Colorado prison on lockdown, months after deadly riot

U.S. Sen. Ken Salazar demanded this week that the federal Bureau of Prisons release details of its investigation into a Florence penitentiary yard riot that left two inmates dead more than five months ago, but the bureau is claiming that investigation is not yet completed.

Meanwhile the bureau this week confirmed that the Florence prison has been in lockdown mode since Aug. 10, after a violent disturbance between two inmates. Lockdown status means that inmates are generally confined to their housing units or cells, according to bureau officials, who would not elaborate further.

Approximately 200 inmates were involved in the incident, and at least one inmate who was charged with being involved in the riot has described the scene as a “lil’ Baghdad.”

Bureau documents obtained by The Colorado Independent from sources inside the prison show that guards indeed lobbed a heavy arsenal of weaponry — lethal and less-than-lethal — at the inmates during the riot. The documents show that in all, guards released more than 200 M-16 rounds, shot more than 300 pepper balls filled with chemical irritants, used multiple sting grenades, and shot nearly a dozen long-range CS tear gas canisters at the inmates.

“That was all that was fired that one day,” said one longtime guard who works close to the prison, who spoke on condition his name not be used. “We usually use pepper balls,” the correctional worker explained, characterizing the incident as possibly being the largest use of force by guards in the prison’s history.

Said another guard who works at the prison, “We don’t usually use CS gas inside because you could oversaturate the area and actually cause death.” The recreational yard where the riot occurred was outdoors.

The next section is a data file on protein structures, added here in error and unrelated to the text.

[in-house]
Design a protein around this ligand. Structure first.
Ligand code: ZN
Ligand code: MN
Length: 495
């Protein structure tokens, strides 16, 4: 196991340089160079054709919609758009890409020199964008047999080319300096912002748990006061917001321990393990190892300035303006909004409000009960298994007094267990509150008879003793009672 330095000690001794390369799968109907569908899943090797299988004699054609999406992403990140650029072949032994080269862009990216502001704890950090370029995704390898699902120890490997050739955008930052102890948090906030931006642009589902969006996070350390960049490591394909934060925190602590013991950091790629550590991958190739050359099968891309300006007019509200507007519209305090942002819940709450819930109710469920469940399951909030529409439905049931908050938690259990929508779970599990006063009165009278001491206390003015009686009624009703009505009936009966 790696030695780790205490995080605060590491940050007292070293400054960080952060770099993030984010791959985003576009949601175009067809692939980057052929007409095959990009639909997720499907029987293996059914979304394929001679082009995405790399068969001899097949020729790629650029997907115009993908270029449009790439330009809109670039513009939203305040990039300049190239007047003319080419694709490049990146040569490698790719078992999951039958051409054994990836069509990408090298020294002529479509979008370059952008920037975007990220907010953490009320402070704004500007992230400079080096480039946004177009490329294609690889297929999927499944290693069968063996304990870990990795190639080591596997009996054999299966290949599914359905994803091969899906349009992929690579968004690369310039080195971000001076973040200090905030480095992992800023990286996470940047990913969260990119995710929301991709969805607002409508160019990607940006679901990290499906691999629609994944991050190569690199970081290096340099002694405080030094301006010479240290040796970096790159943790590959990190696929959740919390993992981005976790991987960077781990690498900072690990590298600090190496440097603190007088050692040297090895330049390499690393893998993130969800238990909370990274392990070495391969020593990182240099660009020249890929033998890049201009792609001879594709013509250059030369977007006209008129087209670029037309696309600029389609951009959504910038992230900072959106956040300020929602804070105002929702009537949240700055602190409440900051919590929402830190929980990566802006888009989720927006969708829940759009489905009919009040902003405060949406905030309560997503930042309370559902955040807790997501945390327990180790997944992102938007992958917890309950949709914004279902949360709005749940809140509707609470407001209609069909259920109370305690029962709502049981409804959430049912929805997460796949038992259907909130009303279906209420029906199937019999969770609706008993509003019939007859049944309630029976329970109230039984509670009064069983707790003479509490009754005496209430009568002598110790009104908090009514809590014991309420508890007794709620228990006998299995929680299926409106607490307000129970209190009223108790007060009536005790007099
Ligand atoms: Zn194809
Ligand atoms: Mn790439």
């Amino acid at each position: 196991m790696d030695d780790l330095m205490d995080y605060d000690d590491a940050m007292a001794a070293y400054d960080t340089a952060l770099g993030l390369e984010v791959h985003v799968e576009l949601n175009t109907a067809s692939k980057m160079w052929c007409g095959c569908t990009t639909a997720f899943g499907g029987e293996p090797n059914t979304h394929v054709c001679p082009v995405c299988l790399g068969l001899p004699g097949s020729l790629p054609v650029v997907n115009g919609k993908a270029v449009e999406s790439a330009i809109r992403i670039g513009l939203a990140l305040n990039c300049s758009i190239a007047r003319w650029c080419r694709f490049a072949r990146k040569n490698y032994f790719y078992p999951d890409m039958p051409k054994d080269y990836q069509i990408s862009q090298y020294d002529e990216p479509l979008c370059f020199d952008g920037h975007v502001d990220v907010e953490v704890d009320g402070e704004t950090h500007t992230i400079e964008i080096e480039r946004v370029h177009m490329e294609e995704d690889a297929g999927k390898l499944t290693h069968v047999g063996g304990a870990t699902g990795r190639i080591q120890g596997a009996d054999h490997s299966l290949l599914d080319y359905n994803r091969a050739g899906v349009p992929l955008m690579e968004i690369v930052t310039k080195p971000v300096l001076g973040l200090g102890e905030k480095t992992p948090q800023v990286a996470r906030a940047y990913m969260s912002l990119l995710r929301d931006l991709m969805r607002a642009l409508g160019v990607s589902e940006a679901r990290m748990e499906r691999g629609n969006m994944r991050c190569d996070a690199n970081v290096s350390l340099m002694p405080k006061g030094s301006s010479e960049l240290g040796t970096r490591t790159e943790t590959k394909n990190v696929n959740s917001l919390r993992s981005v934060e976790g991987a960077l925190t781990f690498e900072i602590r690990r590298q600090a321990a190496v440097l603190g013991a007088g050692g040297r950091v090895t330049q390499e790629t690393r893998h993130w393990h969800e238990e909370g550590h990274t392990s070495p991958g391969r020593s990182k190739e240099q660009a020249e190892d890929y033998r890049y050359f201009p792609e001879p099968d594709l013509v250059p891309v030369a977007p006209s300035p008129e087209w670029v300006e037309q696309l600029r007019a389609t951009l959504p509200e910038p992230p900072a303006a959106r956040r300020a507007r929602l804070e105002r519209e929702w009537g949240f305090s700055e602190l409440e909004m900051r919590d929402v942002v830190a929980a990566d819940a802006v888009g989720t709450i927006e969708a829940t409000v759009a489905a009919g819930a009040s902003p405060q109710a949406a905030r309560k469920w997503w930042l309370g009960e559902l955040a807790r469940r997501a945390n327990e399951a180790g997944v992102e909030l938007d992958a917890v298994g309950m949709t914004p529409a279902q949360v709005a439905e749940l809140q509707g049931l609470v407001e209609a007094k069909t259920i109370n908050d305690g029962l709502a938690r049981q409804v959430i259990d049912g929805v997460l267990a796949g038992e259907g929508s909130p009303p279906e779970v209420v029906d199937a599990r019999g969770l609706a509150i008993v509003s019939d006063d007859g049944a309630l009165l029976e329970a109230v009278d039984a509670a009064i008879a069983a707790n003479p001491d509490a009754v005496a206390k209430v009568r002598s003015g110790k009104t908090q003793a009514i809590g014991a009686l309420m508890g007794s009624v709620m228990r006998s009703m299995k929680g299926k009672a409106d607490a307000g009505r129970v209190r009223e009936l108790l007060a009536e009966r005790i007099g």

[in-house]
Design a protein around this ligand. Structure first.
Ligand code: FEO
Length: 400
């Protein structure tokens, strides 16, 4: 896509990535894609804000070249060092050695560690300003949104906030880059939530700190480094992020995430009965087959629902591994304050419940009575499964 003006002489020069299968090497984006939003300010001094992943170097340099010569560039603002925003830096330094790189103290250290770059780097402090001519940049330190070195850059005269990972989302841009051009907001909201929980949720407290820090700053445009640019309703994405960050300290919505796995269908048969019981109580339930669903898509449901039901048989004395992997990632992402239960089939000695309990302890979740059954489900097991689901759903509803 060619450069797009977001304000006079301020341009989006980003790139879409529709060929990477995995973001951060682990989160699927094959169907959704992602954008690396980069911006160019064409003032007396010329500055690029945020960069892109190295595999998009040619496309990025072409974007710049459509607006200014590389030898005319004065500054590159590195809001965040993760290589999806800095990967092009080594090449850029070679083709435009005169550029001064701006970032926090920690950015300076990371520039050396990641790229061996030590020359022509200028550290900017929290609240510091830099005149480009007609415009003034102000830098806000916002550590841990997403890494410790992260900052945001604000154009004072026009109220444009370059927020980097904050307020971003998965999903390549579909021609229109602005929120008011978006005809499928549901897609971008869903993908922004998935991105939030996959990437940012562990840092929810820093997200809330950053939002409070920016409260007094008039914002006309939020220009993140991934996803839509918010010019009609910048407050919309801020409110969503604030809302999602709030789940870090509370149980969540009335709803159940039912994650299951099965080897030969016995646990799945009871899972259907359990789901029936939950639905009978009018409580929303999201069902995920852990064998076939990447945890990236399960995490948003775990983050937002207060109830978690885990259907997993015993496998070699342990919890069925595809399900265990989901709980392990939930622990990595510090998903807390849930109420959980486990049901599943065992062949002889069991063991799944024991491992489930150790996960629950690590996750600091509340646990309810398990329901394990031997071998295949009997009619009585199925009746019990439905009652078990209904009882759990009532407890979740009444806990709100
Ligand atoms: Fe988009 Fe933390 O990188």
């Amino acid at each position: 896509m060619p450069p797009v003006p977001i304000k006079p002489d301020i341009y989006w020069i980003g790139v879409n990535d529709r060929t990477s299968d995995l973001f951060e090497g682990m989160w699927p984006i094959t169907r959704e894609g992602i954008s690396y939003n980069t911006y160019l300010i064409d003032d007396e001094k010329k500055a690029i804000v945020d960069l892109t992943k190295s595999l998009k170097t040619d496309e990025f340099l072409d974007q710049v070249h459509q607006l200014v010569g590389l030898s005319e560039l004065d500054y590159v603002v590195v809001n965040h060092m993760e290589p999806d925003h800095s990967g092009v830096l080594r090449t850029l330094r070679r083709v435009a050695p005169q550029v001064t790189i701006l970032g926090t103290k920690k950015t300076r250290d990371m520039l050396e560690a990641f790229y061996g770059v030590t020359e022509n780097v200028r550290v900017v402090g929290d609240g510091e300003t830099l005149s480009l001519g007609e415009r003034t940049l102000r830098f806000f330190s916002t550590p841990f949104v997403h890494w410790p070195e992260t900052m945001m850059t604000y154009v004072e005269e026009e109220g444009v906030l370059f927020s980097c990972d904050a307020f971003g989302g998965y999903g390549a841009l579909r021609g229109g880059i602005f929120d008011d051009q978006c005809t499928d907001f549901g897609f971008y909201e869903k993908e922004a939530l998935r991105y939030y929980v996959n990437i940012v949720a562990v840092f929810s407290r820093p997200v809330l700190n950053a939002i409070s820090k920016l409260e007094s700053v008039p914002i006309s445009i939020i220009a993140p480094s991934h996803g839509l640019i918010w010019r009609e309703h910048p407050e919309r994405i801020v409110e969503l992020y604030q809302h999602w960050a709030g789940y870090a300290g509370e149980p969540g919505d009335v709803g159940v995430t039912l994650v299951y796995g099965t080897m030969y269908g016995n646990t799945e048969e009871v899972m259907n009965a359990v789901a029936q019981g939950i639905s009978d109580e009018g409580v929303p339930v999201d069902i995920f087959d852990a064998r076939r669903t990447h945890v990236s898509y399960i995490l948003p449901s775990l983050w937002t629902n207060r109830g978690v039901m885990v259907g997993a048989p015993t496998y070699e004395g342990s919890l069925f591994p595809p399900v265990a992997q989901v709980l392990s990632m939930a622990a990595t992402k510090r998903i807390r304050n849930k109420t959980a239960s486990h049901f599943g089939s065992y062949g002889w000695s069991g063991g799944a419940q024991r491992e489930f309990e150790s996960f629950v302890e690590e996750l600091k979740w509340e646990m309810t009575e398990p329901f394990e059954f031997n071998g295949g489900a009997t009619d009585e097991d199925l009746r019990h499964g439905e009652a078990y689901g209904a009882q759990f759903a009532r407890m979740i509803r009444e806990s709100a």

Prison officials say they do not know when an internal investigation on the riot will be released and would only release the official findings of the investigation via a formal written request, which can take months or even longer to process. Meanwhile, they will not confirm the accuracy of the prison guards’ claims. However, Salazar, a Colorado Democrat, thinks the results of the investigation should already have been made public, according to spokesperson Michael Amodeo.

“The fact of the matter is that people in these communities deserve to know what happened,” Amodeo said. “It makes you wonder, how long does it take for the bureau to investigate what’s going on and how long is it going to take them to release those records? We haven’t even gotten an explanation as to why we haven’t received any details.”

As they have in the past, workers at the prison continue to criticize bureau officials for failing to adequately staff the penitentiary based on the agency’s own safety recommendations, but currently the bureau contends that all prisons are staffed sufficiently.

The penitentiary is in the city of Florence, in southwestern Colorado.

Read The Colorado Independent’s continuing coverage on prison unrest, management trouble and environmental problems at the federal penitentiary.

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About the Author

Erin Rosa

Erin Rosa was born in Spain and raised in Colorado Springs. She is a freelance writer currently living in Denver. Rosa's work has been featured in a variety of news outlets including the Huffington Post, Democracy Now!, and the Rocky Mountain Chronicle, an alternative-weekly in Northern Colorado where she worked as a columnist covering the state legislature.

Rosa has received awards from the Society of Professional Journalists for her reporting on lobbying and woman's health issues. She was also tapped with a rare honorable mention award by the Newspaper Guild-CWA's David S. Barr Award in 2008--only the second such honor conferred in its nine-year history--for her investigative series covering the federal government's Supermax prison in the state.

Rosa covers the labor community, corrections, immigration and government transparency matters.

She can be reached at

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